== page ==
Moral Integrity and The Rule of Law
The New York Times recently published a lengthy article entitled “Vast Mexico Bribery Case Hushed Up by Wal-Mart After Top-Level Struggle.”
Although it ultimately may be shown that The New York Times got some of its facts wrong and that some of the anticipated legal ramifications are incorrect, what appears to have happened is that payments were made in Mexico on a number of occasions in connection with expediting the granting of various building and other permits that Wal-Mart’s Mexican affiliate needed in order to build its various stores.
The article, among other disclosures, said that an aggregate of at least $24 million was paid, that the issued receipts were coded to reflect the true nature of the services rendered, that such payments were known by senior management not just in Mexico but also in the U.S., that prompt actions were not taken to fully investigate or to terminate the activity and, indeed, actions apparently were taken which may have fostered the continuation of the illegal activity and a continued culture of commercial bribery in the right circumstances.
Some of the actions taken by Wal-Mart and its Mexican affiliate violated the law. Wal-Mart apparently did not properly account for the payments made on its books, which was and is a violation of law. Moreover, and despite what those of us who work in the field would say were “best practices” at the time the acts were committed and reported up to senior management, senior management instead of fully investigating the activities and causing Wal-Mart to take aggressive actions to make sure that the illegal activity was discontinued, apparently made an effort to minimize and even cover up what occurred. The attitude exhibited by senior Wal-Mart management obviously was not the proper tone from the top that regulators and lawyers encouraged at the time that the events occurred or at the present time.
It now appears that, before the story was released and after Wal-Mart learned that an investigation was being pursued by The New York Times, Wal-Mart took the affirmative action it should have taken more than six years earlier and started to treat the matter with the seriousness it deserved.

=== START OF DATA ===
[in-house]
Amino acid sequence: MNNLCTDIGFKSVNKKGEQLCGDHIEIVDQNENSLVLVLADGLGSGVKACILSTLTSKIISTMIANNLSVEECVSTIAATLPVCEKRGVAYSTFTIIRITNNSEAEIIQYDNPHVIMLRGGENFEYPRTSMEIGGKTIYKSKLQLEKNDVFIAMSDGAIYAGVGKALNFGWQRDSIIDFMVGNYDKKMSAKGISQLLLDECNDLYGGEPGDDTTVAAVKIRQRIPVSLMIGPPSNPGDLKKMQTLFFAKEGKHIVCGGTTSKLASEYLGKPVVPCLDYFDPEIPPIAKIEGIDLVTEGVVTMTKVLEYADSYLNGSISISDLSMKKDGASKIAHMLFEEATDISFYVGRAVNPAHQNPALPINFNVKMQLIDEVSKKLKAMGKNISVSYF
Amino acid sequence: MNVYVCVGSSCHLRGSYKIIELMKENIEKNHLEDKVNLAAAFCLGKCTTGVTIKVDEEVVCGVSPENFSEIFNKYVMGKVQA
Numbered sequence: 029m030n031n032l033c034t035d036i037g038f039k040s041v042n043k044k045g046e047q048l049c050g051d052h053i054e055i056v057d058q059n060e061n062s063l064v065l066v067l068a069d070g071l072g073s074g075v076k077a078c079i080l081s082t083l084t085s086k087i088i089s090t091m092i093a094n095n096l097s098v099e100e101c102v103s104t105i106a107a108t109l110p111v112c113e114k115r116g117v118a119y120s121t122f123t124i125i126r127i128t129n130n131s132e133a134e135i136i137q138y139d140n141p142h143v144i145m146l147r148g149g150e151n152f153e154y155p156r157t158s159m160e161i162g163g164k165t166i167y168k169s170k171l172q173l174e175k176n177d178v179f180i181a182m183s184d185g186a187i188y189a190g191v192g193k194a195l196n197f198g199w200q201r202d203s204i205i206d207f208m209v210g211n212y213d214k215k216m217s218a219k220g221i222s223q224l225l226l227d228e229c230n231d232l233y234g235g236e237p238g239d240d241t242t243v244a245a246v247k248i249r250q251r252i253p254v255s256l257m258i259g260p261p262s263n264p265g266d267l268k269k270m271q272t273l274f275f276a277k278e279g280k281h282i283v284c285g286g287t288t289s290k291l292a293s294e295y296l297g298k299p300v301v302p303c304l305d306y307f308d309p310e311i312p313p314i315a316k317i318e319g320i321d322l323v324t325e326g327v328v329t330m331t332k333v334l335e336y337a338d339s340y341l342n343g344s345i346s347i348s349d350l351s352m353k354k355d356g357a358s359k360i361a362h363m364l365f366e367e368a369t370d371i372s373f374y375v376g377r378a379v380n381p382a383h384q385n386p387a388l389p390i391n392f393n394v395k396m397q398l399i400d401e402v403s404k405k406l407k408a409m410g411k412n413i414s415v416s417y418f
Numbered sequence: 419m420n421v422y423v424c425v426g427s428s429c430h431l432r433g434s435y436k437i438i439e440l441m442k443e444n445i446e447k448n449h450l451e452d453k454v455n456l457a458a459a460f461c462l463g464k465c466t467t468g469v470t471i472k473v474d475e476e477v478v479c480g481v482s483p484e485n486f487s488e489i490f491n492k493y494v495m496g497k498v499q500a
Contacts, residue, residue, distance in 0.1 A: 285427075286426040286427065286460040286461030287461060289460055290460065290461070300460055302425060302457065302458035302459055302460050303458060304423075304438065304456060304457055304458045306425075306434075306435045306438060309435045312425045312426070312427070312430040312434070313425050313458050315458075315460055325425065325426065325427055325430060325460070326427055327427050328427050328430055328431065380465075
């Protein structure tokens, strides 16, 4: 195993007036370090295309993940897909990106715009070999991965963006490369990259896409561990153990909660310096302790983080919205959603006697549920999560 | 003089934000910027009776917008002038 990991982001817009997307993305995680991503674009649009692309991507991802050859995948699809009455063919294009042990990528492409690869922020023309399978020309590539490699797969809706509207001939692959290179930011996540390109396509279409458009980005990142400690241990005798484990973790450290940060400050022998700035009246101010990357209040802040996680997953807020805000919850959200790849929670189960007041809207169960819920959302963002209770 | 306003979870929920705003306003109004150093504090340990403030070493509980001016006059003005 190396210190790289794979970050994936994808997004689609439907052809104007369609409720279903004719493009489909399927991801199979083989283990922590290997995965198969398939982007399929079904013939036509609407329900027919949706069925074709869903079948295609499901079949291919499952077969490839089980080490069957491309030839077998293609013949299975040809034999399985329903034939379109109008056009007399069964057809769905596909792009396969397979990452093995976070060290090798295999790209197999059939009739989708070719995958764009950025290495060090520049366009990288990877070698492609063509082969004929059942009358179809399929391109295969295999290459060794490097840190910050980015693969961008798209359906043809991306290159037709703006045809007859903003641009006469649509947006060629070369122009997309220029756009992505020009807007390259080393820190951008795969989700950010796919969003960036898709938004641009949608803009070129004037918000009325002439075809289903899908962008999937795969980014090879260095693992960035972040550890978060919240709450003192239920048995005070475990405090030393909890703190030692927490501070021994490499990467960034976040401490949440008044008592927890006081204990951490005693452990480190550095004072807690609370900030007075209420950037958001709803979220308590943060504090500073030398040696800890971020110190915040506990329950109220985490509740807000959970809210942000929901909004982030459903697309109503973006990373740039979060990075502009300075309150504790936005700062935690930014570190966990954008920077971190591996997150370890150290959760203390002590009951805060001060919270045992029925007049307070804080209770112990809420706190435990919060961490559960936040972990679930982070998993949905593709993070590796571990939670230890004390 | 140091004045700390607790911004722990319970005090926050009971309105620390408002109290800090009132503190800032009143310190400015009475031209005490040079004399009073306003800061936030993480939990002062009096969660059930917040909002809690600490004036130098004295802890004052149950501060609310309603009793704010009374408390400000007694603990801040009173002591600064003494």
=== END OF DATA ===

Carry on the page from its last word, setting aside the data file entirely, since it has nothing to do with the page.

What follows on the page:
What does this episode show us? How can we teach our children and students to be honest, to have a sense of integrity and to obey the law when the example set by one of our largest and better-managed public companies is something less than what is right? Even though Wal-Mart may not be able to be prosecuted on some of its actions because the statute of limitations on some of the offenses may have run out, its actions were wrong and a violation of law. By secretly coding its receipts and not properly accounting for its expenditures, it would appear that Wal-Mart knew that its actions were wrong at the time engaged in. We are a society that follows the rule of law. Excusing Wal-Mart for its actions, no matter how rationalized, is just plain wrong.
We try to teach our children that laws are not made to be broken by the mighty. That the same laws apply to all of us. Merely because no one is physically injured does not excuse a wrongdoer. White-collar commercial bribery is not just wrong, it is illegal, and when it is undertaken by a corporation like Wal-Mart, it only encourages smaller and less successful entities to do the same. This is not an instance where we need to set an example, but one in which Wal-Mart should be treated like any other offender and be properly penalized under our existing laws which are enforced by the U.S. Securities and Exchange Commission and Department of Justice. #
Arthur Katz is a member of the law firm of Otterbourg, Steindler, Houston & Rosen, P.C.